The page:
My own sense is that the institutional Episcopalian Church in the US is about to do Canterbury a big mitzvah by orchestrating some kind of pathetic "reconciliation" with the famous (and famously corrupt) organized US Jewish community, whose leaders are today mainly fanatical religious nationalists and neocons in all but name. By doing so, the hierarchy in the US hopes to make up for all the headaches American Episcopalians have given Canterbury. They may try to accomplish this, I'm afraid, by bowing down to the Israel Lobby, whilst saying, "See, we're not all that radical." Canterbury will frame it as "reconciliation" with Judaism, whereas their abandonment of the Palestinian people will be simply one more examples of institutional religious complicity with systemic evil.
On one level there's a huge class angle to this, wherein Episcopalian leaders went to the wall on an upper middle-class white issue (marriage equality and gay rights in the US) but are about to turn their backs on issues involving non-whites (Palestinians and African gays) in the developing world. The right way for a church to handles these things would be to stop balancing issues off against each other, and stand for universal human rights for everybody, all the time. Don't hold your breath.
I knew some neo-cons, and was regularly subjected to neo-con arguments regarding the Middle East, when I was on the left. The future neo-cons were active in a caucus within the Socialist Party, then in the Democratic Socialist Organizing Committee, which was led by Michael Harrington. At the same time many of them were active in caucuses within one or more of the Trotskyist organizations. It was quite fashionable at that time to assume that one could be both a Zionist and a socialist. A fair amount has been written about the neo-cons who were in Trotskyist organizations, but they apparently didn't consider themselves Zionists until later.
I first became aware of how racist they were while listening to a conversation among several of them about the manner in which Israel was about to create "facts" on the ground with settlements. (Actually, Israel was at that time already engaged in doing so.) One of the women in this group had converted to Judaism because of all the excitement connected with the 1967 war, and the settlement project. She was engaged to a Jewish Zionist who was extremely right wing. They considered themselves socialists, and were supporters of the Labor Party in Israel, but the real emotional orientation was toward an intense and seemingly criminal kind of religious nationalism. I will never forget the look in this woman's eyes when she talked about displacing Palestinians.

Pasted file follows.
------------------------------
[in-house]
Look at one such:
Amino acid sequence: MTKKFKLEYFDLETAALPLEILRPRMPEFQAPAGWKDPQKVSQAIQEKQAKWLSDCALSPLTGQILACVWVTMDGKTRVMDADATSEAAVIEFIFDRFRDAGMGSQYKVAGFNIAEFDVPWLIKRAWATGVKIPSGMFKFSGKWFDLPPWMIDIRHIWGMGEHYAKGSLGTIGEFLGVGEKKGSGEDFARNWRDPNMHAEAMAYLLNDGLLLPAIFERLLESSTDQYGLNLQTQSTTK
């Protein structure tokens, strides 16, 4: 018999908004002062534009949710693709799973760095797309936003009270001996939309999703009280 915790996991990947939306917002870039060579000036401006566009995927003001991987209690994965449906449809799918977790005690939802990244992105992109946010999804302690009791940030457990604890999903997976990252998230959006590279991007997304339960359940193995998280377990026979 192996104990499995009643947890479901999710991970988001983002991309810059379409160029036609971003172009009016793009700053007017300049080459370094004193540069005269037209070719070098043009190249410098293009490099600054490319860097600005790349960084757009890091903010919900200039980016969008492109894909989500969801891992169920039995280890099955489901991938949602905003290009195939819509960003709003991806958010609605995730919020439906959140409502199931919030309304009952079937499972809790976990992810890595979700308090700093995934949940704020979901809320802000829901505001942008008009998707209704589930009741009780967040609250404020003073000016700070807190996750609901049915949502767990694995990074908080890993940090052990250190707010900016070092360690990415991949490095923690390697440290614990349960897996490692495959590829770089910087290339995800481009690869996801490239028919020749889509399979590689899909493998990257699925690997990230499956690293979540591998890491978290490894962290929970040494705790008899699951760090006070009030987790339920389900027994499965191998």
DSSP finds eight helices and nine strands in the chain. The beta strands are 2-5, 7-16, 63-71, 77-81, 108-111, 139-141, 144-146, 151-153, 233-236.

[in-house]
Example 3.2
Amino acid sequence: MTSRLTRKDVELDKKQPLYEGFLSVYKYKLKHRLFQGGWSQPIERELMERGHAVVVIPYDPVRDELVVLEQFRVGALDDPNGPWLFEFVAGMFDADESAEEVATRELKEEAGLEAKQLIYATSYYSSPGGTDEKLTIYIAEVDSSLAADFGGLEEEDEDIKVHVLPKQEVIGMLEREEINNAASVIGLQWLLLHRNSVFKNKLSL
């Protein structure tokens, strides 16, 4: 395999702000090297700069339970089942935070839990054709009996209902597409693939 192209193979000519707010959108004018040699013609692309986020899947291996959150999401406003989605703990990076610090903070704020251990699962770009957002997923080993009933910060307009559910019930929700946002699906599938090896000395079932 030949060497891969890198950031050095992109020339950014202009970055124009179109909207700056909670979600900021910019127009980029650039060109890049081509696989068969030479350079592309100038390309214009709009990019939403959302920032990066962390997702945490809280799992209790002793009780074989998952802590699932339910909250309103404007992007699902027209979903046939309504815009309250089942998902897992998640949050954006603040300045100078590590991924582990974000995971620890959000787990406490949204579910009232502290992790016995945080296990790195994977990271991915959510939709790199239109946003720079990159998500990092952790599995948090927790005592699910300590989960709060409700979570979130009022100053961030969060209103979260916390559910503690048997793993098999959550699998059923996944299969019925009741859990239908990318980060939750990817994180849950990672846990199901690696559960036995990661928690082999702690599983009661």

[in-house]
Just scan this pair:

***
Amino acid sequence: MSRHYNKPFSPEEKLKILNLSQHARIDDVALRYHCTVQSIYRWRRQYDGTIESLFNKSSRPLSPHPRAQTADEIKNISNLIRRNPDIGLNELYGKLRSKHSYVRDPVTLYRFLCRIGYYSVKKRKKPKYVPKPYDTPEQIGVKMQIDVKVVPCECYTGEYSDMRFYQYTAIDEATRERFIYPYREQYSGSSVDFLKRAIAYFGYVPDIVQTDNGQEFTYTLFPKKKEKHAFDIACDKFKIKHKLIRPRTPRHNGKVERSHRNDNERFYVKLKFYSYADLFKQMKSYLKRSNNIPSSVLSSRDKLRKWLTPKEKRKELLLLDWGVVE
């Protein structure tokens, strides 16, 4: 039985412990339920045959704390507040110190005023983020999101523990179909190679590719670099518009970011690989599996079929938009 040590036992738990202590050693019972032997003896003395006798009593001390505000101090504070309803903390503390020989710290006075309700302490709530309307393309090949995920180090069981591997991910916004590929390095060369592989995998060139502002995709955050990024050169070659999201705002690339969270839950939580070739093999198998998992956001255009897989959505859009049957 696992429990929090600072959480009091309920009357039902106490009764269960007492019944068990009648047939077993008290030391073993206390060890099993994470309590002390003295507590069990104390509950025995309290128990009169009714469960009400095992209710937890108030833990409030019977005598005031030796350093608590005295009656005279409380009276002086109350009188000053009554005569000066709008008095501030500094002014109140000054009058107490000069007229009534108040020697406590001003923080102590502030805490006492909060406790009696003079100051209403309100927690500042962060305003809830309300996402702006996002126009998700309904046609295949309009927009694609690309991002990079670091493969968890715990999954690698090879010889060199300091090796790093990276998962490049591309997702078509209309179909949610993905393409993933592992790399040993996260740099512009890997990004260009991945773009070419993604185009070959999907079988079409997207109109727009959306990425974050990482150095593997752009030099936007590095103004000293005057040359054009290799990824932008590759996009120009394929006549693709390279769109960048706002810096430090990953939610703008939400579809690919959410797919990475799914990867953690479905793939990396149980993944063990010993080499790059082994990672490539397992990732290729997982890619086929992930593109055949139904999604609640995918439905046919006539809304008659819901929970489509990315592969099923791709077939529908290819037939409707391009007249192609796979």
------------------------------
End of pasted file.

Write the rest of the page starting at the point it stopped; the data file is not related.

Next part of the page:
They both went to the right rather quickly, and became part of the neo-con stampede into the Republican Party and its new ideological foundations.
One analysis that always made sense to me was that becoming a neo-con was part of a process of assimilation by people who found it painful to be Jews. They became good Americans by becoming Republicans, and good Israelis by becoming Likudnik--that is, Revisionist--Zionists. But they left their Jewishness behind, in their mad rush to respectability.
I was in the organized Left in the old Democratic Socialists Organizing Committee as a trade unionist in the 1960s and 1970s, and just a couple of years ago rejoined the Democratic Socialists of America. (In other words, Sanders and I belong to the same organization.) Yes, I know Sanders helped to organize the Progressive Caucus in Congress. But I won't work for Sanders, and I won't contribute a goddamn penny to his campaign. It's always been the same old story, going on almost fifty years now--we have to agree not to talk about Palestinians, and the cultural influence of Zionism and 'the Lobby' in the Democratic Party, because of the donors, and because "one has to make compromises."
Yes, indeed you do have to make compromises, and my compromise is that I won't do a damn thing for Sanders, because he won't do a damn thing in the most important struggle of our time. The struggle against the constant efforts of a right-wing Israeli state to drag the US into war, the daily fight for Palestinian human rights, and most of all, the struggle for an American foreign policy free of the bribes and corruption of AIPAC dollars--those are THE big moral and political issues of our time.
Sanders' time is past. And if social democracy can't assert itself on behalf of Palestinians, and against Israeli manipulation, maybe its time is past too.